Jessica:                 And you still see a lot of them now because of your involvement on the alumni board and just general involvement in Child’s Voice. How did you get started with that?

Haley:                   I was asked to help start the board of the Alumni Association of Child’s Voice and it’s my greatest honor to help find alumni and have that reconnection to what helped them start their journey, going into mainstream and going on to the real world.

Jessica:                 Has having those connections been really helpful for you socially? Just to have people who you went to school with as a young kid and often don’t follow you to the mainstream, has it been helpful to have those people still in your life?

Haley:                   Oh yeah. It definitely brings back a lot of nostalgia seeing them when we were just three years old and we were in like Halloween costumes or we were just pilgrims in the Thanksgiving musical for the holidays. It definitely brings back that memories.

Jessica:                 Yeah. That’s really cool, so I think we should plug the alumni association right now and tell any listeners out there who are alumni of Child’s Voice to get involved with Haley and the alumni association because it’s really cool. You guys do events often I feel like?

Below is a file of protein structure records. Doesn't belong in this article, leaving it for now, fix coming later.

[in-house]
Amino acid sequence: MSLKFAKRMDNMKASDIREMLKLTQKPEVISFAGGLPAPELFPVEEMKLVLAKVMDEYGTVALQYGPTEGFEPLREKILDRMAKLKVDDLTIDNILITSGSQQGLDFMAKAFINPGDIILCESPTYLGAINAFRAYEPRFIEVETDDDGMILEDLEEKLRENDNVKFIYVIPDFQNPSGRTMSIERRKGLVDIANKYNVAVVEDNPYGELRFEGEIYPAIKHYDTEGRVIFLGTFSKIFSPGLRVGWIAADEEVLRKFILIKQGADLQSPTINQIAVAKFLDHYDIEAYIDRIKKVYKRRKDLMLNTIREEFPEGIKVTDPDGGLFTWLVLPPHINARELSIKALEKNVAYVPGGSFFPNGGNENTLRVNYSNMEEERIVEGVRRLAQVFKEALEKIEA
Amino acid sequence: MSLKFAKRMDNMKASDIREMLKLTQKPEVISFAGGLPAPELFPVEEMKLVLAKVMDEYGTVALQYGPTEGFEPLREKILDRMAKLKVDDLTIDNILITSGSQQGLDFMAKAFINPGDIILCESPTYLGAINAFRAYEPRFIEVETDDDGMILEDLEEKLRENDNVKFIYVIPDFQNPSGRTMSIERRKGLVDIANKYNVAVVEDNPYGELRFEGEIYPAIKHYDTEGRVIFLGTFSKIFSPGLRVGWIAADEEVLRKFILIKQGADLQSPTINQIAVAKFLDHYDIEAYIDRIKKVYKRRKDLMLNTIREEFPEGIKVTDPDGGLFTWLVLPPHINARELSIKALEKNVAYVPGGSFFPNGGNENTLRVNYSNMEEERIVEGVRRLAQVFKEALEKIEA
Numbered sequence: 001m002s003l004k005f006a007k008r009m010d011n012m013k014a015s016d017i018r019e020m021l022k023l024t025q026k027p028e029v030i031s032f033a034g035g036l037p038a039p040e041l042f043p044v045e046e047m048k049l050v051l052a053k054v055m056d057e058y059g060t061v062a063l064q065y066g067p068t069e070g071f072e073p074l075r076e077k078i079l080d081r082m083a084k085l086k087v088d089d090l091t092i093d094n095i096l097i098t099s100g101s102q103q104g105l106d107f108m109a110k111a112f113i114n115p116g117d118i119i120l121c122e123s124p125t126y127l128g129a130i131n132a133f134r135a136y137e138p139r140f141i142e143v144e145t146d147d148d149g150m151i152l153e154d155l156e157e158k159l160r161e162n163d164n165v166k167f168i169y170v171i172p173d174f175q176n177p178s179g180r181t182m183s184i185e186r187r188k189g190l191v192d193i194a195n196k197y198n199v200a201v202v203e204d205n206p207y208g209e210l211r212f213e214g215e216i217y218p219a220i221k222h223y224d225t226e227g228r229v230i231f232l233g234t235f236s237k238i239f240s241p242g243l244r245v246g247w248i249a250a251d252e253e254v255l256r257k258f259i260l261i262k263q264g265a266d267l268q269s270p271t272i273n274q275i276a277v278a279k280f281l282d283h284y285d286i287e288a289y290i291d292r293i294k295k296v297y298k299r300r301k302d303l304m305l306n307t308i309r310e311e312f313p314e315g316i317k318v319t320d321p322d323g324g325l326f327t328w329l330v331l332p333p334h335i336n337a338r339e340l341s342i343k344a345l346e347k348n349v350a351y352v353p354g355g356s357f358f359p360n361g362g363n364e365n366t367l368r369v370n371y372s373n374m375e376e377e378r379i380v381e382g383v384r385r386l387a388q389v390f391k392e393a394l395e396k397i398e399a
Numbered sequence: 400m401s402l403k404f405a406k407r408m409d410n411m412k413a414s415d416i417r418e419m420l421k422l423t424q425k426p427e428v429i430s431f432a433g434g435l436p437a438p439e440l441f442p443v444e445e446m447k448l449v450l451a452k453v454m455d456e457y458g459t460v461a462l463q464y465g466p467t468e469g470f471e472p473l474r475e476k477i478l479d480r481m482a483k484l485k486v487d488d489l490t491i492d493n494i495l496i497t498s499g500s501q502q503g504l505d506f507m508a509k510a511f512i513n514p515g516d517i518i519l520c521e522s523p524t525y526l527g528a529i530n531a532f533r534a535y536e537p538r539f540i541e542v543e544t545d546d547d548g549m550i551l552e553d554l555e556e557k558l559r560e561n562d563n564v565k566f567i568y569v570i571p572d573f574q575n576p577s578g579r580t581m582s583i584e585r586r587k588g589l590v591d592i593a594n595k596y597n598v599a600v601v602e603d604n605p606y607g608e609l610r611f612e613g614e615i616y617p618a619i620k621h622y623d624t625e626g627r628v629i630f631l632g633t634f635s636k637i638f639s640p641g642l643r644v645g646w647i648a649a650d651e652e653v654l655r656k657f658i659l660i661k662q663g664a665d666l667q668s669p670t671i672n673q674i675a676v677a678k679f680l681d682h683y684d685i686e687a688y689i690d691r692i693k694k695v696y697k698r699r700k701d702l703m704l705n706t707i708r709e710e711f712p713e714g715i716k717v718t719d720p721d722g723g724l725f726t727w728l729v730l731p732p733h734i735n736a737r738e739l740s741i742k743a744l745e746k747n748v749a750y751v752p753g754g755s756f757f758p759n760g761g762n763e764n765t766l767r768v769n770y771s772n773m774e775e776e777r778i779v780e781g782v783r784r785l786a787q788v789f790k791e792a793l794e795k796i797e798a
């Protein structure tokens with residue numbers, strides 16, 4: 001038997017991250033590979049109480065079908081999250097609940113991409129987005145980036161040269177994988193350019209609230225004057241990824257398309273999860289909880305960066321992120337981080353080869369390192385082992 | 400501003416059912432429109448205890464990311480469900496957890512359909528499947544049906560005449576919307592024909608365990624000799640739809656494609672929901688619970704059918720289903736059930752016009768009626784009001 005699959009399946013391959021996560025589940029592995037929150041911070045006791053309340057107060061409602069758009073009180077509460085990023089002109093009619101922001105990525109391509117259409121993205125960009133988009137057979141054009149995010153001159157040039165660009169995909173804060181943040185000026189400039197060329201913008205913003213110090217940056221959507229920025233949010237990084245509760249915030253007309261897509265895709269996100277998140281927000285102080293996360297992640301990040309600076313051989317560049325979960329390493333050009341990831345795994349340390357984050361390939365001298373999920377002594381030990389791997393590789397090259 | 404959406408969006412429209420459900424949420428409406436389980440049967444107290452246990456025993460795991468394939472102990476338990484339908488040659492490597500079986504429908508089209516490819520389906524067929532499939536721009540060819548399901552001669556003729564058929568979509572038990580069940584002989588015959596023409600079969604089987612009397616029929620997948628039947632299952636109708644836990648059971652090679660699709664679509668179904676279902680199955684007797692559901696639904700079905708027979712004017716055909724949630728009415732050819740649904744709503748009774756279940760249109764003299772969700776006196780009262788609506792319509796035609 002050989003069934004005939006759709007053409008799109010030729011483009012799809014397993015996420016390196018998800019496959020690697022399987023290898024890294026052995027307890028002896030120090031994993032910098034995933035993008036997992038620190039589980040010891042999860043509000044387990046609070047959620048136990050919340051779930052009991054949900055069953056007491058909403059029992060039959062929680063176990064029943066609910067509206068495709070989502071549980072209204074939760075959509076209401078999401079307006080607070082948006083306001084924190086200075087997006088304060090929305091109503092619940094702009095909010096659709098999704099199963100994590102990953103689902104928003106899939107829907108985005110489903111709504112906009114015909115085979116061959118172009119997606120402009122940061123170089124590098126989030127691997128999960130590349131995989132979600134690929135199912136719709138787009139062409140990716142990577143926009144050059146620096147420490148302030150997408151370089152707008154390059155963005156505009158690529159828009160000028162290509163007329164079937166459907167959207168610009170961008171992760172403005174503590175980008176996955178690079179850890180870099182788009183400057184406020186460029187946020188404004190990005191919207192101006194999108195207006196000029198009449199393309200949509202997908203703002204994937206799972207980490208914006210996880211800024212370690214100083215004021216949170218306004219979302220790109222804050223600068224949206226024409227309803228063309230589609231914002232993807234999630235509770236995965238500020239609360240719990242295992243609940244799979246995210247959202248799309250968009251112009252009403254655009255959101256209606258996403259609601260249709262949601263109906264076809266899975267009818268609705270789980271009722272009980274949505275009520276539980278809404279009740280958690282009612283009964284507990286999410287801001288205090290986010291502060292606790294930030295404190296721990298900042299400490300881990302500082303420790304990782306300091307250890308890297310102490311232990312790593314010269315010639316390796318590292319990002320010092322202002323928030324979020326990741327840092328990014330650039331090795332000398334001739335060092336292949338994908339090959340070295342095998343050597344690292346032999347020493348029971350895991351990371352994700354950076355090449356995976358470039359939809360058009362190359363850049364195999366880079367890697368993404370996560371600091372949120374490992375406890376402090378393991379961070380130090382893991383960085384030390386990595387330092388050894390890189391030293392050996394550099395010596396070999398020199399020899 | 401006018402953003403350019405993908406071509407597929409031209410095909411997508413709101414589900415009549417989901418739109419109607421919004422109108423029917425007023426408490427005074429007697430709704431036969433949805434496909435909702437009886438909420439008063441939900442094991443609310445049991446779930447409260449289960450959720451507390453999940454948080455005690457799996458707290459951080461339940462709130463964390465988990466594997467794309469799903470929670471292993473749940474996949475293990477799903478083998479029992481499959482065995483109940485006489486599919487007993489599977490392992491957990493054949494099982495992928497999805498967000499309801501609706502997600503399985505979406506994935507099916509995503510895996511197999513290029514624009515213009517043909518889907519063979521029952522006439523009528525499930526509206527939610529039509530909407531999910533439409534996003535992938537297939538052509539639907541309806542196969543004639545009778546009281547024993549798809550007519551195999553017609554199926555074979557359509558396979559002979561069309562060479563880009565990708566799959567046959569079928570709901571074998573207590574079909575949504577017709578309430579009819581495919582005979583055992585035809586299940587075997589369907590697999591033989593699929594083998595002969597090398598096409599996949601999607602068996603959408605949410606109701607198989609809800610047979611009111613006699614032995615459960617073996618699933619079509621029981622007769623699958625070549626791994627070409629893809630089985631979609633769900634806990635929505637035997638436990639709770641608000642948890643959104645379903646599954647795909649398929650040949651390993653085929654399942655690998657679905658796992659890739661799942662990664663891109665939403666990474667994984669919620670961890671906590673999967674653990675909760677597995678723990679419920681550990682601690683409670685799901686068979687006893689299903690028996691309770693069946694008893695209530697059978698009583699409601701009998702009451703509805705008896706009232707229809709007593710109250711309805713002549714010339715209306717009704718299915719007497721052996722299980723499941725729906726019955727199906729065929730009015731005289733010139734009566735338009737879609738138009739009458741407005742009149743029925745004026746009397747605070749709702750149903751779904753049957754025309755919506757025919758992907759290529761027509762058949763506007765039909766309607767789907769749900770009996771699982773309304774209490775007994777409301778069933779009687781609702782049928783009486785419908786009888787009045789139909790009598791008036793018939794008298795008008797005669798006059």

Haley:                   Oh yeah. We do our events seasonally, so we do it four times a year. We tried to look for a lot of places that are kid friendly, teenage friendly but also older alumni going all the way back to 1996. And so we get together and just reconnect. We do a lot of fun things. We grab dinner and we just like catch up and tell each other what we remember and other things that we may not remember. But we share those stories together.

Jessica:                 Yeah, and probably what you’ve been up to since.

Haley:                   Exactly. Yeah.

Jessica:                 So you mentioned just a minute ago that you got your first cochlear implant when you were 18 months old. When did you get your second cochlear implant?

Haley:                   I got my second cochlear implant in 2008. So 11 years ago. It was definitely a huge difference because coming from my left side in that 10 years, 11 year difference, I was completely deaf on that side from birth till the age of 12. And so it definitely changed my life because it made my hearing a lot more easier and clearer that I have both of my ears. And so, it’s definitely different today now.

Jessica:                 So Tatum, the other host and I both work in early intervention and a lot of all of our children are babies and toddlers. And so a lot of our families ask us, what is it like for my baby to get a cochlear implant? And you were old enough to probably remember and talk about what it was like to get that second implant. Do you want to share a little bit about..